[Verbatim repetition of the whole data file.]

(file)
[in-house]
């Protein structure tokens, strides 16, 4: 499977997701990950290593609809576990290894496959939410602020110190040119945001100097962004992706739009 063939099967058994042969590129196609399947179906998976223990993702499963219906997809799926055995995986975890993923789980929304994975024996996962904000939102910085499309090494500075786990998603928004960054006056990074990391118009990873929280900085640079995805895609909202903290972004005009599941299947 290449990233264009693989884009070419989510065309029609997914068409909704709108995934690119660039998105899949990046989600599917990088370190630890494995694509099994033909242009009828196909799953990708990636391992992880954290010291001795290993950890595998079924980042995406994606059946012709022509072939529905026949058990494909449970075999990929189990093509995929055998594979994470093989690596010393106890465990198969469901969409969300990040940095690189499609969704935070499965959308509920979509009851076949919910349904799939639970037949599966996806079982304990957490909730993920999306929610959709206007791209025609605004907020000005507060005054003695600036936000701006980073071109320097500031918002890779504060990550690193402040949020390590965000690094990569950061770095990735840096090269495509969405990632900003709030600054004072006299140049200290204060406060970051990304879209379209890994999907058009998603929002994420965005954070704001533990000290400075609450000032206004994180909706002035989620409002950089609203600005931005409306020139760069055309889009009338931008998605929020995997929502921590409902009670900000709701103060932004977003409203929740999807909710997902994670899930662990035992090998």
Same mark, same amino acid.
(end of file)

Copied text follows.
[in-house]
């Protein structure tokens, strides 16, 4: 499977997701990950290593609809576990290894496959939410602020110190040119945001100097962004992706739009 063939099967058994042969590129196609399947179906998976223990993702499963219906997809799926055995995986975890993923789980929304994975024996996962904000939102910085499309090494500075786990998603928004960054006056990074990391118009990873929280900085640079995805895609909202903290972004005009599941299947 290449990233264009693989884009070419989510065309029609997914068409909704709108995934690119660039998105899949990046989600599917990088370190630890494995694509099994033909242009009828196909799953990708990636391992992880954290010291001795290993950890595998079924980042995406994606059946012709022509072939529905026949058990494909449970075999990929189990093509995929055998594979994470093989690596010393106890465990198969469901969409969300990040940095690189499609969704935070499965959308509920979509009851076949919910349904799939639970037949599966996806079982304990957490909730993920999306929610959709206007791209025609605004907020000005507060005054003695600036936000701006980073071109320097500031918002890779504060990550690193402040949020390590965000690094990569950061770095990735840096090269495509969405990632900003709030600054004072006299140049200290204060406060970051990304879209379209890994999907058009998603929002994420965005954070704001533990000290400075609450000032206004994180909706002035989620409002950089609203600005931005409306020139760069055309889009009338931008998605929020995997929502921590409902009670900000709701103060932004977003409203929740999807909710997902994670899930662990035992090998």
Same mark, same amino acid.